I awoke at 04:00 in the wigwam, although the bed was not the most comfortable, I had got a reasonable nights sleep. I really did not want to get up, as if I did I would have to make a decision about whether to carry on with the days walk. My legs had recovered, but my problem was my “low mood”, I just felt a bit down. I closed my eyes to put off my decision for a while at least. The alarm went off again at 04:30 and it was decision time. Because the days walk was all road work I opted to see if I could make it to Orbost. The bike was dumped in Orbost and I drove back to Carbost.
I set off up the hill out of Carbost down the B8009 towards the junction with the A863. The junction had a rather strange wooden scarecrow, a popular theme in this neck of the woods. I wore my trainers and a very light pack, which made for a very good pace. My legs felt surprisingly good. The ache and fatigue of yesterday had disappeared, although I knew it would return at the end of the walk. There had been some rain during the night and the skies were still overcast which made for excellent conditions for my style of road walking.
The road was very quiet and I made quick progress up the road. This section of the road moves slightly inland and the view of Loch Harport disappeared behind higher ground. I eventually arrived at the tiny Loch Beag and crossed over the Amar River. Not long after I came to the first real settlement at Struan, there was’nt much there. My first real objective of the day was the first of two “loops”, minor roads that moved away from the A863 out onto small peninsulas. My first “loop” was through Ullinish, a very quiet hamlet. It is through Ullinish that you would pass to visit the small tidal island of Oronsay. With the tide in it was not possible at that time, although even if it were, I doubt I would have ventured across, I had more road miles still to cover.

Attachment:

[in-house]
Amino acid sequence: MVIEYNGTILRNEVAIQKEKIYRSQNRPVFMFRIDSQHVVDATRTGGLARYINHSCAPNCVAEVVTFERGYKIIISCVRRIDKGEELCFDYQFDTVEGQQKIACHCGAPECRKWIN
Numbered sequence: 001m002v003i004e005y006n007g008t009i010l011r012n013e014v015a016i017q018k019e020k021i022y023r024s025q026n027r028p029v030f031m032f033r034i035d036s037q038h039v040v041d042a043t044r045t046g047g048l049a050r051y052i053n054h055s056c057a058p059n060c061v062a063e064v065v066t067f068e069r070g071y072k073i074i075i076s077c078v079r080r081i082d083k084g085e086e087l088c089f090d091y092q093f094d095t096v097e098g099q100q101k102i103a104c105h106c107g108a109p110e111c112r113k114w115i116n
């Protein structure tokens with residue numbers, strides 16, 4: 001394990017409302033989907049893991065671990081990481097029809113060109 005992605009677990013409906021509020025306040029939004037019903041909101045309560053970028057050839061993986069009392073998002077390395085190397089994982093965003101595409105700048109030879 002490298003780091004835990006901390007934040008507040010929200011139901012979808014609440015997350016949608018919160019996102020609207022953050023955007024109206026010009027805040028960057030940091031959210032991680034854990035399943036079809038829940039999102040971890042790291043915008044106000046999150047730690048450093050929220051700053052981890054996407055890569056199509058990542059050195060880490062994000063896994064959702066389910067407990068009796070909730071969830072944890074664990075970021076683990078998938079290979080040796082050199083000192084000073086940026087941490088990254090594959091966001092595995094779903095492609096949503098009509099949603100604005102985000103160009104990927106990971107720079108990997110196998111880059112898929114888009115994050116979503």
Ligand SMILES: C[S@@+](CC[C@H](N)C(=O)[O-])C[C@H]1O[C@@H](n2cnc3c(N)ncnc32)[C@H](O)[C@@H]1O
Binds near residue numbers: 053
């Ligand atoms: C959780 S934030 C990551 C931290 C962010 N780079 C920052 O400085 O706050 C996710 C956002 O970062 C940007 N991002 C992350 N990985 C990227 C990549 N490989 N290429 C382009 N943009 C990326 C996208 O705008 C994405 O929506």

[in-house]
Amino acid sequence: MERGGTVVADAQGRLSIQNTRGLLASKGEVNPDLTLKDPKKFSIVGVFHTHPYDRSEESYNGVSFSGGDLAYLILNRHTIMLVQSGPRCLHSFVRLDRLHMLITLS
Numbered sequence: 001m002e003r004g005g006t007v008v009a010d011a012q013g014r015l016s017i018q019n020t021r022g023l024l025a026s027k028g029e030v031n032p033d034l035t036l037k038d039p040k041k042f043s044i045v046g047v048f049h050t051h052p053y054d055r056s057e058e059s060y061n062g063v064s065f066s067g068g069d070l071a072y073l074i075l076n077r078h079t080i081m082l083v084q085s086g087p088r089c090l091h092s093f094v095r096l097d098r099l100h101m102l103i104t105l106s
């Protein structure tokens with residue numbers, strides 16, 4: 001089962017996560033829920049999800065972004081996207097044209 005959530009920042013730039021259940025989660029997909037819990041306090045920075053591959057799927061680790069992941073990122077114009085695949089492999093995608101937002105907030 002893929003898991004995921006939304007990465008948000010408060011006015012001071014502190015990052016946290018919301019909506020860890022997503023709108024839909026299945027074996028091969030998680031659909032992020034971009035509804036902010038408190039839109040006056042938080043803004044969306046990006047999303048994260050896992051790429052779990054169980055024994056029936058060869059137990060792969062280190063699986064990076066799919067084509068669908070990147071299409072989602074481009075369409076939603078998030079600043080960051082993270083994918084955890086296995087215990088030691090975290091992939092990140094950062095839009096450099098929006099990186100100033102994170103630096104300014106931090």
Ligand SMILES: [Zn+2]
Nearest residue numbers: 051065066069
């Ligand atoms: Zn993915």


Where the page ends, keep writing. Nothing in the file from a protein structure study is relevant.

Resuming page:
I rejoined the A863 and entered a long sweeping route along Loch Caroy. At this time it struck me how large Skye is, gone are the pointy peaks of the Cuillins, here the land is more open and I got a real sense of scale. Shortly after passing over the Caroy River I came to my second and larger “loop”, the Harlosh peninsular. What I liked about Loch Caroy was how the small pasture fields gently sloped down to the loch. This was in stark contrast to the dramatic and sheer cliffs of the islands and land bordering Loch Bracadale. My second loop through Harlosh was very nice and although the sun was well up I made good progress. I met an early morning runner, the first person I had met in the day, I met him again 30 minutes later as he was running around this loop. As I left Harlosh, the cloud that had been covering MacLeod’s Tables finally lifted.
I was back on the main road again, but not for long. I took another loop road which led through to the small community of Orbost. I finished the walk at Orbost Farm, at a car park in the middle of the farm. The Orbost Estate is still owned, I think, by the Highlands and Islands Enterprise, at least there is still a sign up indicating as much. I wanted to check that it would be ok to park here overnight on the next section of my walk. Unfortunately, I could not find anybody to ask.
I managed to finish, which was not bad after yesterdays exertions, but there was no way I could do another section, especially as it involved a tough walk up the coast to Ramasaig. With the benefits of a tail wind and fewer miles to cycle than I had walked, I set off back to Carbost.
NB: I also publish all my Scottish Blog entries on the excellent Scottish Hills website, I use the same narrative, but larger photos and a few extra ones. They can be found here:
Distance today = 23 miles
Total distance = 4,025 miles